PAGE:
“We stopped being the party of social democracy. No, we’re not anti-business, but business can only succeed in the rich soil of society.”

“We do have to regulate the markets’ rules of operation.”

“Capitalism will not deliver equality and sustainability.”

“We are social democrats, not market democrats.”

“The Labour party was transformed 15 years ago – and it can be transformed again.”

“People have power: The London Citizens forced a Tory mayor to enact a living wage, not because he believes it, but because of civic pressure.”

“So I could tell you all to prepare for power, but you already have it.”

“We have a new politics here in this hall. This is what the future of progressive politics looks like: Green, Lib Dems, Unions, Faith Groups…”

* SEMINAR: LABOUR v TORY: Who are the real progressives?

PHILLIP BLOND, political academic:

“The working classes have been disempowered by the state through vertical relationships: public services are provided, not empowered.”

“The left has been the real right wing.”

“The state-market is an oligarchy and fundamentally uncollective.”

“Social Democracy is in crisis because it thinks the state represents all wills.”

“Social Conservatism is more radical than anything else we’ve seen.”

“As a Conservative, I’m against any economy that proletarianises.”

“Out systems have been destroyed by making all education the same.”

SUNDER KATWALA, General Secretary, The Fabian Society:

“Labour doesn’t own progressive politics. A lot of progressive policy is outside party politics.”

“But the Tory party is not a force for pogress. It’s primarily a force for conserving.”

“The right often warns against the dangers of utopianism, the danger of the perfectionism of man.”

“The Universal Declaration of Human Rights was radical 60 years ago, and that was a progressive achievement of the liberal left.”

“Of course at times we;ve been illiberal, but only because we’ve not been liberal enough.”

“I don’t believe that Labour are individualists. What about the trade unions? What about the cooperative movement?”

“Red Toryism is a very exotic idea, but the Tories are only progressive insofar as they accept, rather than overturn, our change: ‘gay people, women, ethnics, let’s all get along, great, you can have a seat.'”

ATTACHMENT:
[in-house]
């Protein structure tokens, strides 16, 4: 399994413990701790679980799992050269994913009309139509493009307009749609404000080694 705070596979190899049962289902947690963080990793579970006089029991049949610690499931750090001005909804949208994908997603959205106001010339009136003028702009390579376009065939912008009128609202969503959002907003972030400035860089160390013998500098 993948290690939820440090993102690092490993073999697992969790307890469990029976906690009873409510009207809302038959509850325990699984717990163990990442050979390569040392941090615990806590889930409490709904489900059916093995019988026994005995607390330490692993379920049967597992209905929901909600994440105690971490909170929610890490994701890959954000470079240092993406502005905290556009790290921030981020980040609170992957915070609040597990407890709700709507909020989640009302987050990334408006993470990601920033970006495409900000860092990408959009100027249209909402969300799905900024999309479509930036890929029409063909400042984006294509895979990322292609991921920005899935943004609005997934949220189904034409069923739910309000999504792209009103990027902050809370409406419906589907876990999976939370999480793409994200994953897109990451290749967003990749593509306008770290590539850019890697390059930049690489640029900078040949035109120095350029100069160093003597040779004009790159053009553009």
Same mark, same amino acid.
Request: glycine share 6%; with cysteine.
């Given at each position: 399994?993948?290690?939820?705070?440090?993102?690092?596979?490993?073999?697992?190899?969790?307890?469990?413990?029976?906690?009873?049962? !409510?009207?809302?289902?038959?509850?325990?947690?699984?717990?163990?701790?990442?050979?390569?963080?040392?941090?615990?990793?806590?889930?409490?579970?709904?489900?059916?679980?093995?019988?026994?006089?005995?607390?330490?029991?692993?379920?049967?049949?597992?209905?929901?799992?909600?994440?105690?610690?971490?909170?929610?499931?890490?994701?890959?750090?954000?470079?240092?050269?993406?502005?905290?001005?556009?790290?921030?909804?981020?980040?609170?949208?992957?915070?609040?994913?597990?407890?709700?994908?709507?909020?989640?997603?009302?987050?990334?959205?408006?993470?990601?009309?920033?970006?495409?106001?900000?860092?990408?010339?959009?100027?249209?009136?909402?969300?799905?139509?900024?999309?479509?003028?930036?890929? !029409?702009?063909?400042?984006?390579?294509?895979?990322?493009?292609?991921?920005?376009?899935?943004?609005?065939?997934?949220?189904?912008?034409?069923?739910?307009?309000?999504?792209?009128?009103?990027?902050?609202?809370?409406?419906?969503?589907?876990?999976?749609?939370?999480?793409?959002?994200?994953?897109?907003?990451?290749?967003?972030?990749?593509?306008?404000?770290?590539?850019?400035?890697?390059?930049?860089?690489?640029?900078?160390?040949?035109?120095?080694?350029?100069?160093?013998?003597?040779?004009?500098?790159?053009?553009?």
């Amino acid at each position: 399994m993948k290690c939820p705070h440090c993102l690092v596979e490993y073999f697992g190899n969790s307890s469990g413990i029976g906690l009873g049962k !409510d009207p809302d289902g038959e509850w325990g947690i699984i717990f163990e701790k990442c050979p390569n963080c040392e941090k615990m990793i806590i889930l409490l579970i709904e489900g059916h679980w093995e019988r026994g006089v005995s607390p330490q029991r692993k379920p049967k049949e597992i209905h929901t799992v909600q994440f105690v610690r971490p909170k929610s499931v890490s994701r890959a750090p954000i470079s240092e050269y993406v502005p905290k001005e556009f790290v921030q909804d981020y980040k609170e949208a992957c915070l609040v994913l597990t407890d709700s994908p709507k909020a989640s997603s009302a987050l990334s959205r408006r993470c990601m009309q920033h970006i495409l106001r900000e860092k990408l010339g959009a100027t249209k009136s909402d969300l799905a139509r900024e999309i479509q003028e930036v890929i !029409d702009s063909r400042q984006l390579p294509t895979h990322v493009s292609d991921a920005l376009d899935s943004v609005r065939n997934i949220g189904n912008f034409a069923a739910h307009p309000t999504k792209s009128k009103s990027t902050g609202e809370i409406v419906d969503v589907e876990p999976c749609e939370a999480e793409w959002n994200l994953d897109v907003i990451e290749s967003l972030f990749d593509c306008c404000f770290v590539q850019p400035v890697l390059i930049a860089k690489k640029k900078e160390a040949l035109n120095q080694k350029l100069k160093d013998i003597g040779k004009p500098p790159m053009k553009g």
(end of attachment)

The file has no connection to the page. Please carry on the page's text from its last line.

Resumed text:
“OF course there have been mistakes and setbacks along the way – I’m not defending tower blocks – but the Labour party has achieved more progressive change than any other organisation, party, institution or movement, bar none.”

“New Labour, for all its timidity, has been more Labour than it’s been proud to say: on taxation of wealth, devolution, the minimum wage.”

“The Conservatives have consistently said: ‘not yet, must we really?, slow down.’ The Tory party are the enemy of progress and have historically represented the interests of the advantaged.”

“Red Toryism has no idea as radical as the independence of the bank of England or the Freedom of Information Act.”

“You need an active pursuit of classnessness.”

“If Phillip Blond didn’t exist, nor would Red Toryism.”

JOHN HARRIS, journalist:

“The Salvation Army can’t deliver public services. If Faith groups want to deliver public services, the end game is ‘OK, you can have your dole, but only if you accept Jesus into your life.”

* SEMINAR: Can Labour survive and do we want it to?

STEVE RICHARDS, journalist:

“Labour lacks a real sense of purpose and momentum. There is no sense of what Labour is for.”

“Labour is the only agent of change available to us.”

JOY JOHNSON, Compass:

“Labour will survive, and it must. But New Labour will not survive.”

PAUL THOMPSON, Renewal Journal:

“One thing is absolutely clear. New Labour is finished. It’s been a dead man walking for 5 years.”

“Compass made a mistake not to plunge the knife into Gordon Brown.”

* QUESTION TIME

POLLY TOYNBEE, journalist:

“The left is in great danger of missing our moment.”

CHUKA UMUNNA, Labour PPC for Streatham:

“I wish our cabinet ministers would shut up and get on with leading. They keep whinging ‘we don’t know what we’re for’ – well whose fault is that!?”

“We don’t just need to elect a Labour government, we need to elect a Progressive Parliament.”

I think the general theme of the day was summed up in the last session, when one delegate said:

“I’m a Compass supporter who votes Green, is a member of the Liberal Democrats and works with Labour MEPs on child poverty. I feel at home today.”